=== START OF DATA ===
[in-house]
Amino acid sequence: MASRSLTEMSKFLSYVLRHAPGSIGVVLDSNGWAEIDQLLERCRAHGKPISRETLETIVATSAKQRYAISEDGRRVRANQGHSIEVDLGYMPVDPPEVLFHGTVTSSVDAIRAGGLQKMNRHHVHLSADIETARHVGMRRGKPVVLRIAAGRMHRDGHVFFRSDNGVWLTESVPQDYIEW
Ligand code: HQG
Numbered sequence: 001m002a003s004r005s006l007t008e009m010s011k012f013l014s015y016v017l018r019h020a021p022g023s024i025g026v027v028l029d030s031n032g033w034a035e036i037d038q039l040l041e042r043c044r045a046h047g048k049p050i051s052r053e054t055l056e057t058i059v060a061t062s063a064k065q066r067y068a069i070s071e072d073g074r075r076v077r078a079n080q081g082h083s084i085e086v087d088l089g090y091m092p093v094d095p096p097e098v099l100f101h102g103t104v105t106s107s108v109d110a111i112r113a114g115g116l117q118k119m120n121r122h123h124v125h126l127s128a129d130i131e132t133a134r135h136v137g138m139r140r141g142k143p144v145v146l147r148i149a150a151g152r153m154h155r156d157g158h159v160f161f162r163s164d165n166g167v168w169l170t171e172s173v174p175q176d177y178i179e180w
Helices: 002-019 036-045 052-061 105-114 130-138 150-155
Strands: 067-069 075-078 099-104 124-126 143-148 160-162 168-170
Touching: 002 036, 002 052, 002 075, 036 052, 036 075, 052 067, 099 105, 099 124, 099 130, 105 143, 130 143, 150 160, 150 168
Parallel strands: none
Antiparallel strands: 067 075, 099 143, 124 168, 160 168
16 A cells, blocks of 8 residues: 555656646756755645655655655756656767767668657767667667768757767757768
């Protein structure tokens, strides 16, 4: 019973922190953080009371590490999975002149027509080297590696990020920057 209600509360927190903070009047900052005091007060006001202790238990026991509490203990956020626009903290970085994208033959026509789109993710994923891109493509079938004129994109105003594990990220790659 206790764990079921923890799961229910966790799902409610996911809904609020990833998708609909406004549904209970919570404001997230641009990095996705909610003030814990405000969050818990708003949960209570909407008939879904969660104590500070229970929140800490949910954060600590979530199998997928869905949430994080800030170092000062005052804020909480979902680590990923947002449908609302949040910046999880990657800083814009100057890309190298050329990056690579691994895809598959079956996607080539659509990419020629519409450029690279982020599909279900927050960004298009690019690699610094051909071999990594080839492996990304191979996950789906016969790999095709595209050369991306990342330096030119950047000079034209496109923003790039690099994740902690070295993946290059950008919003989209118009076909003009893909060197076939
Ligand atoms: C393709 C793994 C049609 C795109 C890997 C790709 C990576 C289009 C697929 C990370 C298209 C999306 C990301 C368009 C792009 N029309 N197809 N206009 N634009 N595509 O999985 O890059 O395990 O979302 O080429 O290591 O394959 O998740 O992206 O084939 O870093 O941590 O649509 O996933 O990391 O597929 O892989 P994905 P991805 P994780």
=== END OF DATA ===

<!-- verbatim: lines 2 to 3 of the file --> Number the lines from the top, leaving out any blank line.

Amino acid sequence: MASRSLTEMSKFLSYVLRHAPGSIGVVLDSNGWAEIDQLLERCRAHGKPISRETLETIVATSAKQRYAISEDGRRVRANQGHSIEVDLGYMPVDPPEVLFHGTVTSSVDAIRAGGLQKMNRHHVHLSADIETARHVGMRRGKPVVLRIAAGRMHRDGHVFFRSDNGVWLTESVPQDYIEW
Ligand code: HQG